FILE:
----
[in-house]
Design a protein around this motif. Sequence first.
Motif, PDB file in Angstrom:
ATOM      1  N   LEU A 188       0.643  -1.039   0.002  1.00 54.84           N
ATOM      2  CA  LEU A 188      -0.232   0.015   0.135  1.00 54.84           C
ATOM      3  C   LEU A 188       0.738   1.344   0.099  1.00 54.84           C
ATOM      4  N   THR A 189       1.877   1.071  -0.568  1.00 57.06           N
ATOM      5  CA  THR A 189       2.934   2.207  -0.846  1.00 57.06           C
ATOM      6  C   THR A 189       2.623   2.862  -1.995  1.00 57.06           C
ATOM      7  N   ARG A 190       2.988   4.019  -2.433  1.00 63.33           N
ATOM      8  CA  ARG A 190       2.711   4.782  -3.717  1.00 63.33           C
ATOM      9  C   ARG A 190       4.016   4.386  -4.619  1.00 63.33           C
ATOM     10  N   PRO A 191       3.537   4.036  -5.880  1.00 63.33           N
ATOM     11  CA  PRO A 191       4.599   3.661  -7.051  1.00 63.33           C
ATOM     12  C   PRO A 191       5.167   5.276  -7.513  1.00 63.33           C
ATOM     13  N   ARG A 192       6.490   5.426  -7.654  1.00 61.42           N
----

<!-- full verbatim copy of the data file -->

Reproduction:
[in-house]
Design a protein around this motif. Sequence first.
Motif, PDB file in Angstrom:
ATOM      1  N   LEU A 188       0.643  -1.039   0.002  1.00 54.84           N
ATOM      2  CA  LEU A 188      -0.232   0.015   0.135  1.00 54.84           C
ATOM      3  C   LEU A 188       0.738   1.344   0.099  1.00 54.84           C
ATOM      4  N   THR A 189       1.877   1.071  -0.568  1.00 57.06           N
ATOM      5  CA  THR A 189       2.934   2.207  -0.846  1.00 57.06           C
ATOM      6  C   THR A 189       2.623   2.862  -1.995  1.00 57.06           C
ATOM      7  N   ARG A 190       2.988   4.019  -2.433  1.00 63.33           N
ATOM      8  CA  ARG A 190       2.711   4.782  -3.717  1.00 63.33           C
ATOM      9  C   ARG A 190       4.016   4.386  -4.619  1.00 63.33           C
ATOM     10  N   PRO A 191       3.537   4.036  -5.880  1.00 63.33           N
ATOM     11  CA  PRO A 191       4.599   3.661  -7.051  1.00 63.33           C
ATOM     12  C   PRO A 191       5.167   5.276  -7.513  1.00 63.33           C
ATOM     13  N   ARG A 192       6.490   5.426  -7.654  1.00 61.42           N